I picked up the Hunger Games as a book to read before going to sleep early (1 am) yesterday. Yes, I have heard some synopses, although some of those were based on the movie. No, I have not seen the movie, and I hadn't decided on whether or not I was going to see it (either in the theater or on DVD or when released to cable). Yes, I know that I'm not at all in the chief demographic of younger teenage female.

I was about on the fifth page of the text when I thought to myself: "I really like this character" even though at that point I didn't even know her name yet (the book is in first person and has a lot of interior conversation). While I did get to sleep eventually, I think I was on about page 250 when I put it down, and then I finished it at 11 am yesterday.

While a fun read, it is not flawless. It is rather plainly written in that there isn't much descriptive detail so that the reader must fill in a lot. While there is some explanation of how Katniss, the main character, has developed a somewhat rebellious nature, it is more of how she is more independent than one might expect a 16-year-old might be in such a repressive society (perhaps this gets further work in the later books). Still, enjoyable enough that I will pick up at least the second book...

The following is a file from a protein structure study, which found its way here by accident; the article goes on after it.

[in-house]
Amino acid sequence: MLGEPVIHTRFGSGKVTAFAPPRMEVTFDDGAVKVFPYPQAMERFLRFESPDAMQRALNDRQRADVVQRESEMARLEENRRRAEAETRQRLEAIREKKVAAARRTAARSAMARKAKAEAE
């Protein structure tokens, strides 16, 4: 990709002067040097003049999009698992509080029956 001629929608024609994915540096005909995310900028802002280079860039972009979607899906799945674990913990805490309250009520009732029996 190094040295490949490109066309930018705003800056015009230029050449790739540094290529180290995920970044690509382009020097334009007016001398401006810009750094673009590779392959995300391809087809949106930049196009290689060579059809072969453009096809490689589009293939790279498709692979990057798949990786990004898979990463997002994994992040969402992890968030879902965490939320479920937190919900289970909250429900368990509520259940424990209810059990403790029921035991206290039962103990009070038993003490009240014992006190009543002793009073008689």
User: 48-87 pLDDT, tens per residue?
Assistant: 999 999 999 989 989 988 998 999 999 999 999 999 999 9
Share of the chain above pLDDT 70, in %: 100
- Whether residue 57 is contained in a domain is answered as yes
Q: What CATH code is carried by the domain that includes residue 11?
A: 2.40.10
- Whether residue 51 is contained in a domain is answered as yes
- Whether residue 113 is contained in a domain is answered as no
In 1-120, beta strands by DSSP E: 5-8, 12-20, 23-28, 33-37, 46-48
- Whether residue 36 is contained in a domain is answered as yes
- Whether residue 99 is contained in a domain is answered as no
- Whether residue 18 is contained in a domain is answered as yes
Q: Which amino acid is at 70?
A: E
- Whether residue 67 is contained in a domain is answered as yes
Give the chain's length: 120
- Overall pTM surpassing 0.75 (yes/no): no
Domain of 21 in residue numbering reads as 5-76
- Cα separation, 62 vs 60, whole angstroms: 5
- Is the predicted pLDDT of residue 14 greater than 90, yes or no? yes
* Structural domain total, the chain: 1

EXCEPT that when I went to the book store earlier this night I found that there were NO trade paperbacks on the shelves: only hardcovers. When I picked up this book a few months before the movie was released, I think all three books were available in trade paperback if not standard paperback. I suppose that this must be part of the marketing in association with the movie release, but it is stupid and alienating. Perhaps I'll check the book store later after I finish Martin's A Dance with Dragons (or not). At the moment I'm disgruntled enough that I won't bother with the movie.